“This is actually a guarantee for you and your consumers that the products that you are importing are safe, are quality guaranteed and are legal. Second, make sure your Chinese suppliers have sufficient production quotas. Every company with a license—they have a quota that limits how much they can produce yearly,” said Tian. “Once they’ve reached the quota, it seems to be a very simple path—simple paperwork, simple filing—but you have to make sure your demands [can be] met by the quota.”
Companies working with Chinese suppliers need to be sure to have registered trademarks for their products, and those products must also meet any regulatory requirements of the country in which the products will be sold. If a country doesn’t have any e-cigarette regulations, China’s regulations would apply to that country.
“We want to encourage everybody, the industry as a whole … to be compliant with the laws in the country that they are working with,” said Tian. “We want to healthily grow this e-cigarette environment, the e-cigarette industry,” he said. “To register [your] trademark is to protect your own back … protect yourself, protect your own brand.”
While synthetic products are illegal in China, the country does allow for the export of nontobacco nicotine products. At least one company has been granted a production license for such products. Tian said that China issues separate licenses for imported and exported products. “There’s a difference in the quotas. But once you have a domestic use license, you’re for sure going to have an export license. But they’re not the same. The quotas are different,” he said. “But if you’re only export, only export[s] are still needing [a] license.”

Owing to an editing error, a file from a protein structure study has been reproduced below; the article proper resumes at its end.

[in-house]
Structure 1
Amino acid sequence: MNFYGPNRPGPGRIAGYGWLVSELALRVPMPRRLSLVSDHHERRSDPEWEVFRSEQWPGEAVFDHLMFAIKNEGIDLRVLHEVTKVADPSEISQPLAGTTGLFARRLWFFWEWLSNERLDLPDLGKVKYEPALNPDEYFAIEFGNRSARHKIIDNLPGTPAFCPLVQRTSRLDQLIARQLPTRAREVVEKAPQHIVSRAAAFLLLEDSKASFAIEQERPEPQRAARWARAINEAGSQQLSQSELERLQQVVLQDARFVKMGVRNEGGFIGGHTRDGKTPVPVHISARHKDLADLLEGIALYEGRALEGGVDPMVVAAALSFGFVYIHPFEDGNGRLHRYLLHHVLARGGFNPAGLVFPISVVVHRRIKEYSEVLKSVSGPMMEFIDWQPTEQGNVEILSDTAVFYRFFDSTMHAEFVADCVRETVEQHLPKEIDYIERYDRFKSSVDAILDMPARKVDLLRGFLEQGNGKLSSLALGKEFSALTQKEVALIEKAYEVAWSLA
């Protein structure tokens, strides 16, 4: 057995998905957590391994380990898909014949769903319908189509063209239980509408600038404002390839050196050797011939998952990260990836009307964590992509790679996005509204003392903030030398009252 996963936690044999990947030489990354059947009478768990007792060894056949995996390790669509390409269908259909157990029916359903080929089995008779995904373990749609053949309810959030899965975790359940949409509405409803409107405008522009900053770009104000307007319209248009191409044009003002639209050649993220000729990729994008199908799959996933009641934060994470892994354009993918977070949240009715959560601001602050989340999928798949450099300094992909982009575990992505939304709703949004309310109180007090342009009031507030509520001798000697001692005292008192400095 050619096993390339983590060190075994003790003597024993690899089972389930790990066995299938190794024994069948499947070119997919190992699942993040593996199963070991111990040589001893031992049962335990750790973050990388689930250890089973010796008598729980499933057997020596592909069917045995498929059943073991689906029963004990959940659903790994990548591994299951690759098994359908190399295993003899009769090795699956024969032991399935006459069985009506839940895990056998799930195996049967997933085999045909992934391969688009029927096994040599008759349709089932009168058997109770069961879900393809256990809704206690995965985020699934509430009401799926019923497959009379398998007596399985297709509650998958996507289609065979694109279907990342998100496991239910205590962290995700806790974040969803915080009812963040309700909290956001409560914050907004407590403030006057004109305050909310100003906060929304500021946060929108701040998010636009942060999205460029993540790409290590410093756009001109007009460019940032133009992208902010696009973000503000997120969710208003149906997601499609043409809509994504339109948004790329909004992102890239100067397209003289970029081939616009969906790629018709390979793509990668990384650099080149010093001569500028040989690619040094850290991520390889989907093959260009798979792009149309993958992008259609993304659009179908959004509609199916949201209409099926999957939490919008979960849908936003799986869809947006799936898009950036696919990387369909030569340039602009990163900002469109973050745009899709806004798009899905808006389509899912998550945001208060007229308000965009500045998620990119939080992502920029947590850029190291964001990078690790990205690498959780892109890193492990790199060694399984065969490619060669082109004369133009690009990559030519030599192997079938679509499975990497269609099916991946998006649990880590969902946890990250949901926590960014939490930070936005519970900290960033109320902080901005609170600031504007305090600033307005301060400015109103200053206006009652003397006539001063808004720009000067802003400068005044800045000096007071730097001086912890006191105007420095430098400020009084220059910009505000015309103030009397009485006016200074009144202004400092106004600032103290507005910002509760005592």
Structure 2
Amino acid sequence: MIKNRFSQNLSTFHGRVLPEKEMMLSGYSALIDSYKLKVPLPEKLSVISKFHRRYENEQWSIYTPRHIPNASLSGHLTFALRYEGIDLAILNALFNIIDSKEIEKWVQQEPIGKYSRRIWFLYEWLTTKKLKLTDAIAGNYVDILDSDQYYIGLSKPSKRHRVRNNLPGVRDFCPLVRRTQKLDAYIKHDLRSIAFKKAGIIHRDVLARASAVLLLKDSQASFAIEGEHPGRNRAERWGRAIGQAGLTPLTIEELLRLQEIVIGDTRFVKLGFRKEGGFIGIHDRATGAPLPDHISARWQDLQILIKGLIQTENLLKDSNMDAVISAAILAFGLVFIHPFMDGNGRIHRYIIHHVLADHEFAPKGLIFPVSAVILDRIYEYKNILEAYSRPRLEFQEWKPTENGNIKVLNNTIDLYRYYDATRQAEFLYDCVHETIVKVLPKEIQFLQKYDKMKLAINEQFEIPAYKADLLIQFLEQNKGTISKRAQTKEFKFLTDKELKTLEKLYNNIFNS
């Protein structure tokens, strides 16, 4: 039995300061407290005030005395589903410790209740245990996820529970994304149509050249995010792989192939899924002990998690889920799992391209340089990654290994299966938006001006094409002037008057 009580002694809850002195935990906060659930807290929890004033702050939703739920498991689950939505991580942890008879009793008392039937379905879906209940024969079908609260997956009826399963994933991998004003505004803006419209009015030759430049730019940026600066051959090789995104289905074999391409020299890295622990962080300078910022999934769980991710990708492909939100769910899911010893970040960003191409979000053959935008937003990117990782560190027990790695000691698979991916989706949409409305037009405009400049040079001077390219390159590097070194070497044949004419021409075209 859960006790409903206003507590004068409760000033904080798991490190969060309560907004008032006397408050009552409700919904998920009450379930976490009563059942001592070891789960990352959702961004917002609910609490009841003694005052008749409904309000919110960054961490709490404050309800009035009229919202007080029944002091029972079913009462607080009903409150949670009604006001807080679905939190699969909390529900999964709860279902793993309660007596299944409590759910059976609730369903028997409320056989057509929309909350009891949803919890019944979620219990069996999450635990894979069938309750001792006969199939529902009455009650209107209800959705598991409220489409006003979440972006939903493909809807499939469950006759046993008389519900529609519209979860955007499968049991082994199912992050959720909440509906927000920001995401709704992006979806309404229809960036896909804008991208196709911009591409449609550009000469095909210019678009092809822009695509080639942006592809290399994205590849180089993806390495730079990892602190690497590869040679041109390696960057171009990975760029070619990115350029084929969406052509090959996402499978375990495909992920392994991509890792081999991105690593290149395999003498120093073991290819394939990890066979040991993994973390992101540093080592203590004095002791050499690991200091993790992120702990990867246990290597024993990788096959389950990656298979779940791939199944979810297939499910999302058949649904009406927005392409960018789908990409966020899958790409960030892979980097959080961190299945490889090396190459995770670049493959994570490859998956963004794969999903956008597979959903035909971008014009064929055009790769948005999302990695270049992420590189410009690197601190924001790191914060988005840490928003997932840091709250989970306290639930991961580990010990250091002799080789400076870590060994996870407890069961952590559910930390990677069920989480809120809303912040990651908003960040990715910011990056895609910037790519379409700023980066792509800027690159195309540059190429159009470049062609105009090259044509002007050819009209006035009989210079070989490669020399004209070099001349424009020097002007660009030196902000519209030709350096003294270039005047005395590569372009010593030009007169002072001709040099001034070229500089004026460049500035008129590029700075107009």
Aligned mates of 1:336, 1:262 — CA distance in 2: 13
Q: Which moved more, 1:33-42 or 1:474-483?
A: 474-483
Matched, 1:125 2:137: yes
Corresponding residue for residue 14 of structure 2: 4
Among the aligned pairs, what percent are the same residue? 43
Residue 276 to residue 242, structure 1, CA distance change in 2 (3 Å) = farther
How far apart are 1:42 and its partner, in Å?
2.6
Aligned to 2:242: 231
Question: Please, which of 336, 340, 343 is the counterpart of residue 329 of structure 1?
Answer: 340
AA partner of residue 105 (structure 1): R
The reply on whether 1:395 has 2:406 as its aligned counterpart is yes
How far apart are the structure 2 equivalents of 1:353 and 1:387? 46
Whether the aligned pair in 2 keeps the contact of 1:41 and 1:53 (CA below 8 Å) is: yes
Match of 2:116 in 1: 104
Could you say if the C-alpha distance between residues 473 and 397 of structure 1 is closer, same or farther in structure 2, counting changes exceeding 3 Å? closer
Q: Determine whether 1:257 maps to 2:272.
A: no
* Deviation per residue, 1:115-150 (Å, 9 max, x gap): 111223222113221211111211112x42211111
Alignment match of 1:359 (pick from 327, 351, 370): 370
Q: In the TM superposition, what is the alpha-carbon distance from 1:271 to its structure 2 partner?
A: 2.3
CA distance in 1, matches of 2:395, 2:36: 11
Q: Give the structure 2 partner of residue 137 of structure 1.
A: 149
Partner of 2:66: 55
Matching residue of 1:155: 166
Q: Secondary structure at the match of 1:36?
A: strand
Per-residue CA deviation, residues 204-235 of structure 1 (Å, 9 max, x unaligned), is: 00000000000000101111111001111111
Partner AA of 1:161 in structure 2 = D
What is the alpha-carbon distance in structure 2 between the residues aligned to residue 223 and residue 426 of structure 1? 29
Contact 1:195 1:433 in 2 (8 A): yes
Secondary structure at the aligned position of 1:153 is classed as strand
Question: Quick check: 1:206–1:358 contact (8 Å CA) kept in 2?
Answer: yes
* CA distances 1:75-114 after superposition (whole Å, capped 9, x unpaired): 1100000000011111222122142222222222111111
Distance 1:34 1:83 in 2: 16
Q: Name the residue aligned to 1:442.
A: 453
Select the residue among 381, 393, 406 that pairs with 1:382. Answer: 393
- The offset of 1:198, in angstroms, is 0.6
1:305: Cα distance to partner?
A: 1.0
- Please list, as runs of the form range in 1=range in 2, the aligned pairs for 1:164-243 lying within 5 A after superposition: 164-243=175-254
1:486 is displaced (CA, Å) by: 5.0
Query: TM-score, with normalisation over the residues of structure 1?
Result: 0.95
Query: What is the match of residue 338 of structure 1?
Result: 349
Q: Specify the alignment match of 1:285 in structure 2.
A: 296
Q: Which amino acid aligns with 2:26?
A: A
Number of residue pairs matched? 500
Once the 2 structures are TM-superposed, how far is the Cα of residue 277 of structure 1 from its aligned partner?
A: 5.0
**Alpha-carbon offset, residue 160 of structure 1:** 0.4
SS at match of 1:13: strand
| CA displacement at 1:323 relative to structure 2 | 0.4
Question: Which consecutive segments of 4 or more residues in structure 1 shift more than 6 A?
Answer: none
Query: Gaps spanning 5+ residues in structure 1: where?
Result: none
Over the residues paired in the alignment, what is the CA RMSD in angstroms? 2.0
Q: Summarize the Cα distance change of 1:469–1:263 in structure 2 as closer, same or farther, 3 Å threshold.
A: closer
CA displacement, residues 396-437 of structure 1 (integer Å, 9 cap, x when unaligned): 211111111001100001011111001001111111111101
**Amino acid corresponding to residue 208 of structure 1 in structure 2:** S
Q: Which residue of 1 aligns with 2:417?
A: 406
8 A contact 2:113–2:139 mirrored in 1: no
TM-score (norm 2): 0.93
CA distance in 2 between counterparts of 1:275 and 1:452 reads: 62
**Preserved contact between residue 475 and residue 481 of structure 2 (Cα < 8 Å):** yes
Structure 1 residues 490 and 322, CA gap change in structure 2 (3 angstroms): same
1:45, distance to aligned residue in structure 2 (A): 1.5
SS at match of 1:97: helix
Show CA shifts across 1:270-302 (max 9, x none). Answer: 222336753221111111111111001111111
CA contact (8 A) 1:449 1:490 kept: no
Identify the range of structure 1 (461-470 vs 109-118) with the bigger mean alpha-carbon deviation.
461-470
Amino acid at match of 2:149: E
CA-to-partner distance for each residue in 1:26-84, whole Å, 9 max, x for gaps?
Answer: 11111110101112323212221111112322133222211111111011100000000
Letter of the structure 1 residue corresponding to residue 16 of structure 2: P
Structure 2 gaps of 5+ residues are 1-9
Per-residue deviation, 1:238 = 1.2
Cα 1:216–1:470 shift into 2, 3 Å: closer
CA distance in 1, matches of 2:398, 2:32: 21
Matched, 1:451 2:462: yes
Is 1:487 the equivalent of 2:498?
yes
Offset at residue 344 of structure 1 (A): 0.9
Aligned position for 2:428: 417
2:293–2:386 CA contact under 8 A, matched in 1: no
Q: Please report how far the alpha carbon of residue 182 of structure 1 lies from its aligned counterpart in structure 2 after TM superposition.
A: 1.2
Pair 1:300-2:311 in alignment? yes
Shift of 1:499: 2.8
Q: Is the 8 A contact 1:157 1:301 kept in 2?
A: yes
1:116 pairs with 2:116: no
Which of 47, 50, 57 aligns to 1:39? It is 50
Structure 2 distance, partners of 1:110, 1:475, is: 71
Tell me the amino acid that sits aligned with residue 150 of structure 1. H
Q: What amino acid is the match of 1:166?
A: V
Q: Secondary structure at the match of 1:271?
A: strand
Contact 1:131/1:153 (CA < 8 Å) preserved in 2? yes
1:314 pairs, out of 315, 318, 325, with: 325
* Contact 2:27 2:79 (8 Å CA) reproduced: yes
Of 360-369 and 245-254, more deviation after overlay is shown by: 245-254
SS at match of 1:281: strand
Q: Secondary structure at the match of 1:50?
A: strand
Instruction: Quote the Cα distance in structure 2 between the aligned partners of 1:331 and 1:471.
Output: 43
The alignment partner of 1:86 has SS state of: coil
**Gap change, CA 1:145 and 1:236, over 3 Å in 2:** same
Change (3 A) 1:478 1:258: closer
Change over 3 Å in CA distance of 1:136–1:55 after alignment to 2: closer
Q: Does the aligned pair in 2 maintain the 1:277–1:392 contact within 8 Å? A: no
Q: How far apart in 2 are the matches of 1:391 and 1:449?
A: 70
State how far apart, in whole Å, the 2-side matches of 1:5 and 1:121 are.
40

The EU is expected to introduce equivalent legislation for tobacco products, including nontobacco nicotine products, in the next few years, according to Pablo Cano Trilla, director of legal analysts for Tobacco Intelligence at ECigIntelligence. He also expects the heat-not-burn market to grow more rapidly than in previous years.
“[In the EU, heated tobacco] is a big boy in the category already: over $5 billion in market size in 2021,” said Trilla. “And we expect that by 2025, it will be over $13 billion. This means that, nowadays, it’s about two times the size of the vaping sector. In 2025, we would expect it to be four times bigger than vaping. So, it’s growing very fast in the EU.”
Trilla anticipates a future where only tobacco product flavors are allowed in the EU. While he doesn’t expect the trade block to implement U.S.-style regulations, with premarket authorization requirements, the growing concern about youth vaping could bring flavor bans. Trilla also anticipates plain packaging, progressive limitations on advertising and increases in environmental laws concerning e-cigarettes. He also said online sales are unlikely to continue.